Extensive research is going on in the area of Lupus worldwide. In India, we Chanre as a Rheumatology & Immunology Center & Research organization conducting various researches on Lupus. Other institutions like Sanjay Gandhi Postgraduate Institute of Medical Sciences (SGPGi), Nizam Institute at Hyderabad and a few Rheumatology institutes are also involved in Lupus research. Globally several new medicines are being introduced. With these new arrivals of medicines, the life expectancy of severe SLE patients are expected to increase. With the advanced researches being done worldwide, we expect in the two decades down in the line, we can cure the severe SLE patients. This is a complicated disease. Still we are trying to understand the intricacy of the disease. Once we break it, we will be in a position to resolve it in a better way.

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Is this disease a gender specific and or common to anyone?

Unfortunately, it mostly affects young females in the age group of 13-23 years. And it is less common after this age. It can also occur in men. It occurs in 9:1 ratio. If nine women gets SLE only one men may be affected with this disease.

Whether women affected with SLE can lead a normal life?

Certainly. If the SLE affected woman starts treatment at the early stage, she can live her life as any normal person. They can have comfortable marital life, they can conceive and give birth to child. Importantly, the child will not have risk of developing SLE just because its mother had it. Because SLE is not a hereditary disease.  The society should look at this SLE affected women as a normal person. There are big achievers with Lupus. One good example is American actor and singer Selena Gomez. After Lupus and getting the Kidney transplantation, she has been active in her professional life as like any normal person. So life does not stop if the Lupus is diagnosed as long as the one take treatment.

If the woman affected with this disease comes in early stage, is it reversible?

If they come in early stages in mild to moderate category, the Lupus can be halted. Once the disease comes under control, we try to gradually withdraw the drug and there may be a point where ANA may disappear and all the indicator of SLE may disappear and we can stop the medicine. But only we should keep on a watch. Currently, very small proportion will achieve this.

What tests should be performed to identify this disease?

One of the commonest test is Anti Nuclear Antibody (ANA). But still ANA positivity doesn’t mean it is SLE. ANA can be positive in more number of patients in other diseases than SLE. Because 5% of normal population also have ANA positive, especially the women in the reproductive age group that is between 13 to 45 years. So, that’s why only ANA positive doesn’t mean it is SLE. If ANA positive with any of the symptoms that I suggested above, then only we can think of possibility of SLE. Then we do some test what is called as ANA profile and Anti DSDNA is another test being conducted in addition to other routine tests.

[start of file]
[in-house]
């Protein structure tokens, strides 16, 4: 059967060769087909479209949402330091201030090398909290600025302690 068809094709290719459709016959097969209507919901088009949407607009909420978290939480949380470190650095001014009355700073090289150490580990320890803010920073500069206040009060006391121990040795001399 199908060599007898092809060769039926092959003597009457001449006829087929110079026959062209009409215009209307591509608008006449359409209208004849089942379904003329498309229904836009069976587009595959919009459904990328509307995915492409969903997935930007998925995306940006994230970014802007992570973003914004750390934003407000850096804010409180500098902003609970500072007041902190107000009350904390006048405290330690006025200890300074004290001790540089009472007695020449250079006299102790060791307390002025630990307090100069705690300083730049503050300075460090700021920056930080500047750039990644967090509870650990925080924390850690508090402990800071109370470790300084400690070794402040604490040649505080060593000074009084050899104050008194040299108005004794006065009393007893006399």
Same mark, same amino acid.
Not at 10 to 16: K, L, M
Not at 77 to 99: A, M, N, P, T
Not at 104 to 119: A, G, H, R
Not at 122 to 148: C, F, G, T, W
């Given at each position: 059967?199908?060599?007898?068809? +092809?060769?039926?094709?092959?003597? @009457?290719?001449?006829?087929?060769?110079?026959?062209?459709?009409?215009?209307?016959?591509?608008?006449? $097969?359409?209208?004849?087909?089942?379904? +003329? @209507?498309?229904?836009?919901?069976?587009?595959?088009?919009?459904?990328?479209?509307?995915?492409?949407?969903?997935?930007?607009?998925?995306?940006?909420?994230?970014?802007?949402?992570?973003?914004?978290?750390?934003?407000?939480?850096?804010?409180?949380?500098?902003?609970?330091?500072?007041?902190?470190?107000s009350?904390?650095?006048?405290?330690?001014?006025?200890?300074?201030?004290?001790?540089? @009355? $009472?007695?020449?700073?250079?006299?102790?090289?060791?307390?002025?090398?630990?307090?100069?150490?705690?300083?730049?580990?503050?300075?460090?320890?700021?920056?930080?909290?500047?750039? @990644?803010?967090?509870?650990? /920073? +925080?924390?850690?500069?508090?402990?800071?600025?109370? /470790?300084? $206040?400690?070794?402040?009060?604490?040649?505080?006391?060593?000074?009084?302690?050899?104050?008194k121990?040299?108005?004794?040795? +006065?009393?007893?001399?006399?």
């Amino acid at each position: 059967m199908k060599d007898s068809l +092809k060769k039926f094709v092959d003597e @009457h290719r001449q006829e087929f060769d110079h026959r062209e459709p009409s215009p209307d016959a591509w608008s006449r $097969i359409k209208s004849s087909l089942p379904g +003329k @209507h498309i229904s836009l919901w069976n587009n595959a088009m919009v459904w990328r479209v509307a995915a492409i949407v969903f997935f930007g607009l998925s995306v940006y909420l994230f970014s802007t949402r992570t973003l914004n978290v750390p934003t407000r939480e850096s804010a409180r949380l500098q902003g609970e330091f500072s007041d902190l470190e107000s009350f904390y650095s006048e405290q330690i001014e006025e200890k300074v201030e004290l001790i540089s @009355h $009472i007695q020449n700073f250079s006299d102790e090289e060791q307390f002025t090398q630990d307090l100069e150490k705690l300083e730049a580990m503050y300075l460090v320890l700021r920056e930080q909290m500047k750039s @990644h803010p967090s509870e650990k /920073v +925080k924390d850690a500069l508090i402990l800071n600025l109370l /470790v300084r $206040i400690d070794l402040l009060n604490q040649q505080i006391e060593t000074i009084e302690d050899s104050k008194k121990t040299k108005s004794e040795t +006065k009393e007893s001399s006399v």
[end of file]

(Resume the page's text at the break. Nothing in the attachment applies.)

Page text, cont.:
What is the percentage share of Lupus out of overall autoimmune diseases?

If you keep all the autoimmune diseases, Lupus accounts only 3-5%. Though it is in small numbers because of its severity, it is taken as one of the critical disease.

Can you bit elaborate about Chanre’s role in Lupus research and treatment?

We Chanre Rheumatology & Immunology Center & Research does extensive research in Lupus and has been treating this disease for the past two decades. Actually we have a trust called Immunology and Arthritis Research and Education Trust. We have even created what is called Lupus Fund since last year. There we are bifurcating the fund for research funding across India. Through this fund we are also supporting the poor patients who are in need. Last year we have supported to the tune of Rs 10 lakh and also borne the expenses of hospital admission, services and treatment for the poor people. And we are conducting extensive awareness programmes through camps, seminars, walkathon, journals, social medias to create awareness about Lupus among the people all over Karnataka state. So far we have treated more than 350 Lupus patients in Chanre.

Whether the medical practitioners treating autoimmune disease in general can treat Lupus too? And also please narrate about the expertise available in India.

Actually treatment to Lupus needs little bit special skills and attention since it is a complex disease. It is better to get treated by the experienced Rheumatologists. Across India, we have around 450 Rheumatologists at the ratio of 1 or 2 Rheumatologists available per district, which very less in numbers as compared to the population.

What kind of support is expected from the government in addressing this disease?

We expect the government to identify Lupus as one of the reimbursable disease. Since the poor people are unable to manage treatment, it should be covered under Insurance schemes as well as in the other government based schemes. And these patients need a sort of support whenever they go in to crisis. So the government should extend its helping hands.

How many drugs are presently available to treat Lupus at present?

Currently we have around 10 -15 drugs and another 15 are in the pipeline. But all these drugs are not available in India. May be 50% of these drugs are available now. For an example the Belulimab, which is a good medicine but it is not approved to sell in India. So we request the government to see to get most of these medicines available in India.